I graduated from the University of York with a master’s in molecular cell biology with a particular interest in neurodegenerative diseases. After graduating, I worked as a research assistant at the Wade-Martins lab at the University of Oxford. During my time in Oxford, I used cellular models to investigate mitochondrial dysfunction in Parkinson’s disease. Now, in my PhD, I am able to continue pursuing my interest in neurodegeneration but from a new biochemical perspective.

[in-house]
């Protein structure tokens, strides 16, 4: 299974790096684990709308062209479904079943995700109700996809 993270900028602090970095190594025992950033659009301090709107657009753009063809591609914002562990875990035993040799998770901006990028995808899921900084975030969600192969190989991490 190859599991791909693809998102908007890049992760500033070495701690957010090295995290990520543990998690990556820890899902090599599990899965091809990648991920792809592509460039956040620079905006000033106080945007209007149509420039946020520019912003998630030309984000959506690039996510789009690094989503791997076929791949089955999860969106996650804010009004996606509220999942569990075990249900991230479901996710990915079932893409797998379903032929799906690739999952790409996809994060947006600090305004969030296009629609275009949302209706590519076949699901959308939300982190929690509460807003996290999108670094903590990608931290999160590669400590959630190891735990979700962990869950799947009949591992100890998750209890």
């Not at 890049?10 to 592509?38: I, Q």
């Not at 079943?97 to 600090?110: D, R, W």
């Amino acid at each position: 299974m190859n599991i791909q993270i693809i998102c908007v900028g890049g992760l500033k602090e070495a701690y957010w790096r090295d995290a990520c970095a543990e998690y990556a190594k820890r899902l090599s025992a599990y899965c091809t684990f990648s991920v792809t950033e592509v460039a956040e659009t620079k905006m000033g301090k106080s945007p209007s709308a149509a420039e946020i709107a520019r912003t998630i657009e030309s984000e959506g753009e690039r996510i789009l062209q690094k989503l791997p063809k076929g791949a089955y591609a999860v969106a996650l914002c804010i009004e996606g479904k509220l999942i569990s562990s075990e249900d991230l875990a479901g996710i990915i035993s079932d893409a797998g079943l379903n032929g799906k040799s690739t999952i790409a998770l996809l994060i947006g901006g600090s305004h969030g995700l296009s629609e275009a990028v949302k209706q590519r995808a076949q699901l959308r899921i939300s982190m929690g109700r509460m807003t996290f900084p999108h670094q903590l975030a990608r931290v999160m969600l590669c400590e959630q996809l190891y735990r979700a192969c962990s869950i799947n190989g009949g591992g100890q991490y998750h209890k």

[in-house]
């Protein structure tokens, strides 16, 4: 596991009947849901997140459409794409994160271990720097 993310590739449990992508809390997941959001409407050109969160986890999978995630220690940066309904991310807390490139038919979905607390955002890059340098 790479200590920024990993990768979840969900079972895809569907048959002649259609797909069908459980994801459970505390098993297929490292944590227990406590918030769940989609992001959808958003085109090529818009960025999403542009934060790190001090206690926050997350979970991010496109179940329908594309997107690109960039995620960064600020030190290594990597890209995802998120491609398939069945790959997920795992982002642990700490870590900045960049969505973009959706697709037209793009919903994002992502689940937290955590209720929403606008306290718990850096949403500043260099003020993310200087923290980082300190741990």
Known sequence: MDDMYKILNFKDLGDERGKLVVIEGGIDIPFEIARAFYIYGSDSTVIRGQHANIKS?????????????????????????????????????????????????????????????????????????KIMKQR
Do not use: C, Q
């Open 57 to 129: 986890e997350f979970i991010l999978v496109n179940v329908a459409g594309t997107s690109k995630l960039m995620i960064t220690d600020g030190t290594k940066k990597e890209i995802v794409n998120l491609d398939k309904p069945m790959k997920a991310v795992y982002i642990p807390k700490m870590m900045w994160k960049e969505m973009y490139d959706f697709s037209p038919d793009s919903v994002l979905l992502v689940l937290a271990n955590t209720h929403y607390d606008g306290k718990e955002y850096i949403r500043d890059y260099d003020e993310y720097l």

A protein called alpha-synuclein is known to aggregate in a range of diseases referred to as synucleinopathies which includes Parkinson’s disease. It is well known that the NAC region of alpha-synuclein is vital for aggregation into amyloids which are a hallmark of synucleinopathies. Recent work has identified that regions flanking the NAC play a critical role in amyloid formation. For my PhD I will be investigating the role of these flanking regions in aggregation using a variety of biochemical and biophysical techniques such as NMR, mass spectrometry and single molecule FRET. The aim is to further our understanding of aggregation to open new avenues for the development of effective therapeutics.